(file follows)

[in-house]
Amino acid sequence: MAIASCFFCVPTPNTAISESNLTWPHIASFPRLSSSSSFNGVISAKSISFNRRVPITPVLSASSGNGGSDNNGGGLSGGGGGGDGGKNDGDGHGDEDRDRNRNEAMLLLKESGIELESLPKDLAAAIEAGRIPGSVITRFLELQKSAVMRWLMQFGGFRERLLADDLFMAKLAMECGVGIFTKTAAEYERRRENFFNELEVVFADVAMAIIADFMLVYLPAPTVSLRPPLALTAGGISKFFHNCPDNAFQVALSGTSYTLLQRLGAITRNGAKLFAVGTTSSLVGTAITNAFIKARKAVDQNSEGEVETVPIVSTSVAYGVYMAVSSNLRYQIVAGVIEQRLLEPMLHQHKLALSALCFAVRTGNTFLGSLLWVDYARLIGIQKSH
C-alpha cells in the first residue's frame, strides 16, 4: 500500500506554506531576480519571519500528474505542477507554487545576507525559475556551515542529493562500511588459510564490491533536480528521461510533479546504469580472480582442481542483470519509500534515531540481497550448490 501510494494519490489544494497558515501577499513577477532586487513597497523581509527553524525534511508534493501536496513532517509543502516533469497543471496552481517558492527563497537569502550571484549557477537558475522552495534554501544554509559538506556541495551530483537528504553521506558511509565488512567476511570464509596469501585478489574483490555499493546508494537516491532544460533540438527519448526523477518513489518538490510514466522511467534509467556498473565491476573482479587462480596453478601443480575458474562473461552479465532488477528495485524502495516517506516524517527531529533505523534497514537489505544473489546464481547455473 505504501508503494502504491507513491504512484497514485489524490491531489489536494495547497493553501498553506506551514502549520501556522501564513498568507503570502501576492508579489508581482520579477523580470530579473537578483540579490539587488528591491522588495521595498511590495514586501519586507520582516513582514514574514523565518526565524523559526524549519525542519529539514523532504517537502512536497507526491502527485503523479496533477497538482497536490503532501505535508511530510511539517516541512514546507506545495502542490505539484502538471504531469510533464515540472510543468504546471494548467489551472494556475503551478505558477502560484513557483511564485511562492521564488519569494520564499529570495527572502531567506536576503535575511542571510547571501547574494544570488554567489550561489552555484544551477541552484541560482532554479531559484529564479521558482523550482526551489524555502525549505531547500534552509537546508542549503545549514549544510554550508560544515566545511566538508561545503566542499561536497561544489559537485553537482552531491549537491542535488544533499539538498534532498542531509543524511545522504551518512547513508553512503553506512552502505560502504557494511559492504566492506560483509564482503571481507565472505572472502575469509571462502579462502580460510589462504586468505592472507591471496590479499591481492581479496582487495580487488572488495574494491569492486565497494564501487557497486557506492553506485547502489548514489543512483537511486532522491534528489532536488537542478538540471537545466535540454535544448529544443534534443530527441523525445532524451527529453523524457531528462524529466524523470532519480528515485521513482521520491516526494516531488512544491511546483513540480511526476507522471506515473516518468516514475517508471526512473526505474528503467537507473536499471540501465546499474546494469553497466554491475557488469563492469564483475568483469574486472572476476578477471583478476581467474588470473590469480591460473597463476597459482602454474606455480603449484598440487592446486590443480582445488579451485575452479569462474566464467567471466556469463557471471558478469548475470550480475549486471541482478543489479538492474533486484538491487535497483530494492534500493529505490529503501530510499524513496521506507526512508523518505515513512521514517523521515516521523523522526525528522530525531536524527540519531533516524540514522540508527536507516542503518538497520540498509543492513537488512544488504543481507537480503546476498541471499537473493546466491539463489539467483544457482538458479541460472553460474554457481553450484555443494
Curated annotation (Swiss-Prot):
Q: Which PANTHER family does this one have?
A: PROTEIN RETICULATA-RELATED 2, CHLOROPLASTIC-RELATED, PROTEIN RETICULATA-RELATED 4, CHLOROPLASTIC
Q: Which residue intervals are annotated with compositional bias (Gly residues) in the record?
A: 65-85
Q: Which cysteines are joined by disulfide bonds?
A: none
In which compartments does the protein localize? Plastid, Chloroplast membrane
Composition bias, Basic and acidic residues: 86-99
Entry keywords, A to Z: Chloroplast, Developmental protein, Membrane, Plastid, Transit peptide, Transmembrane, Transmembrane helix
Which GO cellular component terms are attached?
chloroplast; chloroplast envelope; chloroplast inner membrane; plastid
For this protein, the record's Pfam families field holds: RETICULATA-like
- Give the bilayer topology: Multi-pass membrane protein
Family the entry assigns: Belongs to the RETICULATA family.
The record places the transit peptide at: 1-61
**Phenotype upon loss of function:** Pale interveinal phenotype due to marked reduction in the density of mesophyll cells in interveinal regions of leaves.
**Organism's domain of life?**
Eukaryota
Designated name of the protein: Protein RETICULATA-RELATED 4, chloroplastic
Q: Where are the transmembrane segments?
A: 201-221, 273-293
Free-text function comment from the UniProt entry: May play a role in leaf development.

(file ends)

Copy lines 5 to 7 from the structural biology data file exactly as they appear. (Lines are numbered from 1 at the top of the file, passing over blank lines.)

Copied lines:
Q: Which PANTHER family does this one have?
A: PROTEIN RETICULATA-RELATED 2, CHLOROPLASTIC-RELATED, PROTEIN RETICULATA-RELATED 4, CHLOROPLASTIC
Q: Which residue intervals are annotated with compositional bias (Gly residues) in the record?